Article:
- Underlying disorders: PCOS most often causes hirsutism. Other disorders such as Cushing’s syndrome, ovarian tumors and adrenal gland tumors are some of the more serious underlying issues that may cause hirsutism in a small number of cases. In severe cases, women can experience balding, an enlarging clitoris, deepening of the voice or loss of breast size. In these cases, a woman is said to have virilization. Virilization requires prompt medical evaluation to investigate the underlying cause.
- Obesity: Increased weight causes increased insulin production by the pancreas. Insulin stimulates the ovary cells to make testosterone, so increased insulin results in increased testosterone production that causes hirsutism. This can be related to PCOS, as many women that have PCOS also struggle with obesity. But not all obese women have PCOS.
How is hirsutism treated?
Symptoms usually are manageable with medical or cosmetic treatments, or a combination of the two. It is very important to remember the following points when considering treatment:
- Medical treatment decreases the transformation of new hair follicles changing from vellus to terminal hairs, but treatment cannot eliminate the terminal hairs that have already grown. Permanent hair removal treatments (laser and electrolysis) are the only methods to permanently kill a hair follicle to prevent that hair from regrowing.
- If cosmetic treatments alone are used, the hirsutism will never resolve, as the cosmetic treatments will remove the existing hair but will not block new hair from transforming into dark, coarse hair.
- The best strategy is aimed at removing existing hairs and doing something (either with medicine or lifestyle changes) to decrease the hormone imbalance internally to prevent the formation of new hair growth. Otherwise, cosmetic treatments will generally fail.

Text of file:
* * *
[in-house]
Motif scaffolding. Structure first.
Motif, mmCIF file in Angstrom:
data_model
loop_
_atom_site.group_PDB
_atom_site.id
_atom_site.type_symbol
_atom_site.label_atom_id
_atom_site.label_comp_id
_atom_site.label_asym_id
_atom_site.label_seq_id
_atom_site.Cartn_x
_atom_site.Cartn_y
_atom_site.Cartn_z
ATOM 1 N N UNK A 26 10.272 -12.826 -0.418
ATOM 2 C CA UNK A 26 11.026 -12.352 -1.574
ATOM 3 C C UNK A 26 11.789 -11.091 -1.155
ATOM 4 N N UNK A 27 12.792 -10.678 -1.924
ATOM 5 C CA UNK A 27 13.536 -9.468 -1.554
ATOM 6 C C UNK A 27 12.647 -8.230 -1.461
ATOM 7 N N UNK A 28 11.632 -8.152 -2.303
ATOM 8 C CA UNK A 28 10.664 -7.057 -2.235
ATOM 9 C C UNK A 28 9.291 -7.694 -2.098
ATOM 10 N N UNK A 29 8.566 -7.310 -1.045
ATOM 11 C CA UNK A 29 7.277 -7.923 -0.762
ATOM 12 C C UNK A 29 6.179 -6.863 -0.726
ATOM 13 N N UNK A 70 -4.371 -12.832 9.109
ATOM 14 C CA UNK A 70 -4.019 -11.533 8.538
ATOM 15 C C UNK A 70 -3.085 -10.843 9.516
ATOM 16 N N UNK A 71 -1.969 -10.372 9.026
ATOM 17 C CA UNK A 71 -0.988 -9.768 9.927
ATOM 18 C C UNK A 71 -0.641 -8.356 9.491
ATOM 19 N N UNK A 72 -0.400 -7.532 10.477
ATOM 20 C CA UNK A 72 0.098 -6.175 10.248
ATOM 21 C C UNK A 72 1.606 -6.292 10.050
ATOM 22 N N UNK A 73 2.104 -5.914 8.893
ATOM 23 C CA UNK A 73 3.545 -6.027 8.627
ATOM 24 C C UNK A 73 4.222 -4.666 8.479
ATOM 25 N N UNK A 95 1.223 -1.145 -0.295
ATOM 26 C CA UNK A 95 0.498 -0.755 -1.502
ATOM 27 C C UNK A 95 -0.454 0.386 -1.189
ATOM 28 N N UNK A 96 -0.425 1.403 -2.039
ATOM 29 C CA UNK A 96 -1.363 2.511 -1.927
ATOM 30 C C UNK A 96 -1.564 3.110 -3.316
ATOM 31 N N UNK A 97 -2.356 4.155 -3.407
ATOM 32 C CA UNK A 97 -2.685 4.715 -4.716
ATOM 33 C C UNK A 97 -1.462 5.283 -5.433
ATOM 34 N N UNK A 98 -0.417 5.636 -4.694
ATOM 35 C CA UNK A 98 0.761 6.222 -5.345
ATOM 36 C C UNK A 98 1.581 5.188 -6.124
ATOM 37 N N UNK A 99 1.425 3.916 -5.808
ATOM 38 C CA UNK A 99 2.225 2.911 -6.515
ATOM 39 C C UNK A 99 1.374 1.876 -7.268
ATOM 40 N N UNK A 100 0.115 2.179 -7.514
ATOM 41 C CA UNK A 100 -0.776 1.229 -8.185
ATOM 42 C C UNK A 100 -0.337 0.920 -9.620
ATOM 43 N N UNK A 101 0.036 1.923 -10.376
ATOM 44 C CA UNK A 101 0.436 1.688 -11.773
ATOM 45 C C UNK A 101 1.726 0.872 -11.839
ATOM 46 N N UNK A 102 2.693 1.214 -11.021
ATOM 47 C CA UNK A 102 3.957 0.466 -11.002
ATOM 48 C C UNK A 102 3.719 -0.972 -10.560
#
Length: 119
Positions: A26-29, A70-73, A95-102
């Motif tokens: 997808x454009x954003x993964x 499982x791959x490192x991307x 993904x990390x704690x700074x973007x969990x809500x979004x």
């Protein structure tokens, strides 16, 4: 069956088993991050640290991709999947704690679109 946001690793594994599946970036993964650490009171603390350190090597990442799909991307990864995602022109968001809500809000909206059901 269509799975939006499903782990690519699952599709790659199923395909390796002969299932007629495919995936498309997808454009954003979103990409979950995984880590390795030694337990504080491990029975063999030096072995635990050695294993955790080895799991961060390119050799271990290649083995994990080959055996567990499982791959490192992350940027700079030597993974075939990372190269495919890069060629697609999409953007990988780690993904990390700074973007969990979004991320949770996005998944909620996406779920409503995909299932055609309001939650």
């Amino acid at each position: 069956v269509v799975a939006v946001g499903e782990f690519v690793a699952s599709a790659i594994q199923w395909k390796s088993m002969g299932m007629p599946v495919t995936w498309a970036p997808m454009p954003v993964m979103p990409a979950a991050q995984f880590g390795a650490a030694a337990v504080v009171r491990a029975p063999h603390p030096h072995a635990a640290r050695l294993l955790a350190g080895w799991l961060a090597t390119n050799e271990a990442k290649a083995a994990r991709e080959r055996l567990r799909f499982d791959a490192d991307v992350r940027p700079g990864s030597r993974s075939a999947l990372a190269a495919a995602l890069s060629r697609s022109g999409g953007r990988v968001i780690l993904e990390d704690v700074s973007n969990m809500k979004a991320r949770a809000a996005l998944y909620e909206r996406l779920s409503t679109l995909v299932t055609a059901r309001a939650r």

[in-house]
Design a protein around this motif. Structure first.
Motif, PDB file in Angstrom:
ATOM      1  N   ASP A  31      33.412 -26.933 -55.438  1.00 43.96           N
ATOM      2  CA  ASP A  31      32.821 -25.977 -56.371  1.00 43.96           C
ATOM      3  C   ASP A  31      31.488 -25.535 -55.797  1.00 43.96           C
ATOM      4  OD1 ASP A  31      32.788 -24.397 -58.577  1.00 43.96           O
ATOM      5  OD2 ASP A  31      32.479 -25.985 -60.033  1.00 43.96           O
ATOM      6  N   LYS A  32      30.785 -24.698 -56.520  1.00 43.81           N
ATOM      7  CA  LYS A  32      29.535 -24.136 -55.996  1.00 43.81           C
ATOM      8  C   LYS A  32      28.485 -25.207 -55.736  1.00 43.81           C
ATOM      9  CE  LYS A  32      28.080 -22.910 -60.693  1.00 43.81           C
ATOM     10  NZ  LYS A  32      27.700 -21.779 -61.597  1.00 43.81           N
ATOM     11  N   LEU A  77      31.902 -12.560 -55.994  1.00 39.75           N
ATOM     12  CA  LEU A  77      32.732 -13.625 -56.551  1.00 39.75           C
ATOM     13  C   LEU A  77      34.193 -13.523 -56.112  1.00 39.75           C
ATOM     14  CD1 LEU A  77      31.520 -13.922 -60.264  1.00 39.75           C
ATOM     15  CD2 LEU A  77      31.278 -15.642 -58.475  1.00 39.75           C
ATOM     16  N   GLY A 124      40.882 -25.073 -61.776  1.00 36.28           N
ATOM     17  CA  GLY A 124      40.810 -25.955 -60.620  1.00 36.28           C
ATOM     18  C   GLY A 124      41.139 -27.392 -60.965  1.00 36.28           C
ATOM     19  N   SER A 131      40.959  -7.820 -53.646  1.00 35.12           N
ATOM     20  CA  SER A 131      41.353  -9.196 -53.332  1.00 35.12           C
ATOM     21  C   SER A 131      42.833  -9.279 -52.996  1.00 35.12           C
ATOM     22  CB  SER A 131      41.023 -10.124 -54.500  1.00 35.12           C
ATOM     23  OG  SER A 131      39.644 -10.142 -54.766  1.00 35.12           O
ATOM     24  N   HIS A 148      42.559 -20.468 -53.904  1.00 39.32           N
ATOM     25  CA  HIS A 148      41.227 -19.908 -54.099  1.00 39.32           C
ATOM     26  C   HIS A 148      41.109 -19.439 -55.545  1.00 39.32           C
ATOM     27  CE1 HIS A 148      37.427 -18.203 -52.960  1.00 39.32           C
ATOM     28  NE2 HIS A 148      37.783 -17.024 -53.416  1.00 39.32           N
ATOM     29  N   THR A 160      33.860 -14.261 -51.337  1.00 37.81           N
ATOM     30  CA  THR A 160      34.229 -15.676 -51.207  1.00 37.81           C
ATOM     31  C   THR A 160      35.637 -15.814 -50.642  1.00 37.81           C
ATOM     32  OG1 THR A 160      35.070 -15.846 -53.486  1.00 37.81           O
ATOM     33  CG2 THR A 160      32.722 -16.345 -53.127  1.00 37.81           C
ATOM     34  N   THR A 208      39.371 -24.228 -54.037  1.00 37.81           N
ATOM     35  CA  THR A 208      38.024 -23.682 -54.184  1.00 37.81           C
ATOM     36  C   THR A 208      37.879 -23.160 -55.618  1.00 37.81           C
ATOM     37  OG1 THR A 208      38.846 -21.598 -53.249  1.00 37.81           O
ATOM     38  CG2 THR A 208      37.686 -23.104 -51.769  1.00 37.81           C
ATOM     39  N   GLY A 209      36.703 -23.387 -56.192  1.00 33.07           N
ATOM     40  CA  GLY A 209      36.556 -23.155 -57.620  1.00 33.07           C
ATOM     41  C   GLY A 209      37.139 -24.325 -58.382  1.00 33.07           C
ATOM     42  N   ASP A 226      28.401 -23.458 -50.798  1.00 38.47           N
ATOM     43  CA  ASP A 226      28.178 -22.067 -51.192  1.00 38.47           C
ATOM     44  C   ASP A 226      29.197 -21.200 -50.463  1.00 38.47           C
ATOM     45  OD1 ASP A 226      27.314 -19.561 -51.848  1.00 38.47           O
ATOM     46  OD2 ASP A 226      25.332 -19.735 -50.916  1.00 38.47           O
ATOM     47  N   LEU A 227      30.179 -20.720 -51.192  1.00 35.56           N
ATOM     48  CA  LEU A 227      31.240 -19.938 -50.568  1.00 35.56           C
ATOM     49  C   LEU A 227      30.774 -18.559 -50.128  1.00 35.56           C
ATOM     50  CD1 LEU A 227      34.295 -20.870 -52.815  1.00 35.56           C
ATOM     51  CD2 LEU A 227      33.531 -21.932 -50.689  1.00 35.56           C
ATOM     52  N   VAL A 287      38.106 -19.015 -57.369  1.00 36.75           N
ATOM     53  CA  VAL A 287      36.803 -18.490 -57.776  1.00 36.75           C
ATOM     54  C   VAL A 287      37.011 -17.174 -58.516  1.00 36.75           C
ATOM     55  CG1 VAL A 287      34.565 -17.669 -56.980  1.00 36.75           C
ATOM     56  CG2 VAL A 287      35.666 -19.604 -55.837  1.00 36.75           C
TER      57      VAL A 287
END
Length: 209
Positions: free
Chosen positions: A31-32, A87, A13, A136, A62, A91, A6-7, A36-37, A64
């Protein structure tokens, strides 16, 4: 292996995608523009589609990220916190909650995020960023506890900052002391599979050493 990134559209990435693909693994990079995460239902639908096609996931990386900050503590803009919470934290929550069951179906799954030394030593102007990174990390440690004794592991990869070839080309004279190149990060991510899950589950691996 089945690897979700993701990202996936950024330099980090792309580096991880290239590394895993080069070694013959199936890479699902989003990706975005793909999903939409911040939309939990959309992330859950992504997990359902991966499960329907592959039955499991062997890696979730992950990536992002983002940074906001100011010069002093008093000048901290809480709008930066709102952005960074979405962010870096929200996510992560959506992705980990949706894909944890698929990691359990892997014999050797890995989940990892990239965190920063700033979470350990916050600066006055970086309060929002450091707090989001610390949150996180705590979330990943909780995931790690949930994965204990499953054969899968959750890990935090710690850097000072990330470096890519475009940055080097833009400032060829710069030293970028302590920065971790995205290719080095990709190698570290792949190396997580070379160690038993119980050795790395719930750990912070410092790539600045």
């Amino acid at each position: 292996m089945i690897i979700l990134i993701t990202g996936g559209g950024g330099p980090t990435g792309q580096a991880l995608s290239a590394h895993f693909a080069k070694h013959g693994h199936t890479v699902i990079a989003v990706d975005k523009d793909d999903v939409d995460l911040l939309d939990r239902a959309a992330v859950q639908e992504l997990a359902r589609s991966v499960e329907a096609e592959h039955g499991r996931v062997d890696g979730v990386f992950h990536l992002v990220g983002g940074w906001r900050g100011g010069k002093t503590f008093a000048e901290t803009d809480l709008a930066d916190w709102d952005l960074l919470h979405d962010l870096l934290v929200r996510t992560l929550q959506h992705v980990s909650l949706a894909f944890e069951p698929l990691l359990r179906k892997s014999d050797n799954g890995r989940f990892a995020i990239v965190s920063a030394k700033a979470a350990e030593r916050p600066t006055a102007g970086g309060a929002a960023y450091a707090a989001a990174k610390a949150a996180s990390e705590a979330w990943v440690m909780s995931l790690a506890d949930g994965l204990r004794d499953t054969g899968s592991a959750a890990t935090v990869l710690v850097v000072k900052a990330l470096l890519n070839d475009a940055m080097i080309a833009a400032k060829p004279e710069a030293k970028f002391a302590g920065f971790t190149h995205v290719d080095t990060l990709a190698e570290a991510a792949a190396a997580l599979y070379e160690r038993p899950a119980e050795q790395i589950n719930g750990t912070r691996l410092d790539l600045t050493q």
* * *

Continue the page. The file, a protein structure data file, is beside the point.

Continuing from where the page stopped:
- Estrogen and progesterone medications (often in the form of an oral contraceptive pill). Oral contraceptives cause an increase in the female hormones estrogen and progestin. Estrogen stimulates the liver to make a protein that binds testosterone, thereby decreasing the amount of testosterone that is exposed to the hair follicle. This can be a very effective treatment method for hirsutism, but can only be considered for women who are not seeking to become pregnant.
- Anti-androgen medication. Spironolactone, which blocks the body’s androgen receptors, may be prescribed. This is often used with an estrogen containing oral contraceptive pill and can increase the effectiveness of the treatment. This treatment method should not be used by pregnant women or those seeking to actively become pregnant, as anti-androgen medication can cause birth defects. If pregnancy is desired in the future, these medications can be safely used with a reliable form of contraception, and then stopped when pregnancy is desired.
- Weight loss. Dropping excess pounds will often result in a reduction of insulin, which, as outlined above, will decrease the ovarian production of testosterone and decrease hair growth over time.
- Topical treatment. Prescription cream that slows hair growth may be recommended (eflornithine, brand name Vaniqa).
- At-home hair removal. Many women are able to successfully manage unwanted hair growth using waxing, bleaching, plucking or shaving.
- Permanent hair removal procedures. Some women opt for permanent hair removal procedures such as electrolysis or laser hair removal.
Risks and complications of treatments
It is important that women affected by hirsuitism talk to their doctor before beginning treatment so that the risks, benefits and side effects of treatments can be fully explained. Risks can include:
- Side effects from oral contraceptive pills, which include nausea, water retention and a small increase in risk of blood clots.
- Anti-androgen medication may cause drowsiness, lightheadedness, nausea or vomitting
- At-home hair removal can sometimes cause unwanted side effects such as razor burn, ingrown hairs and pain.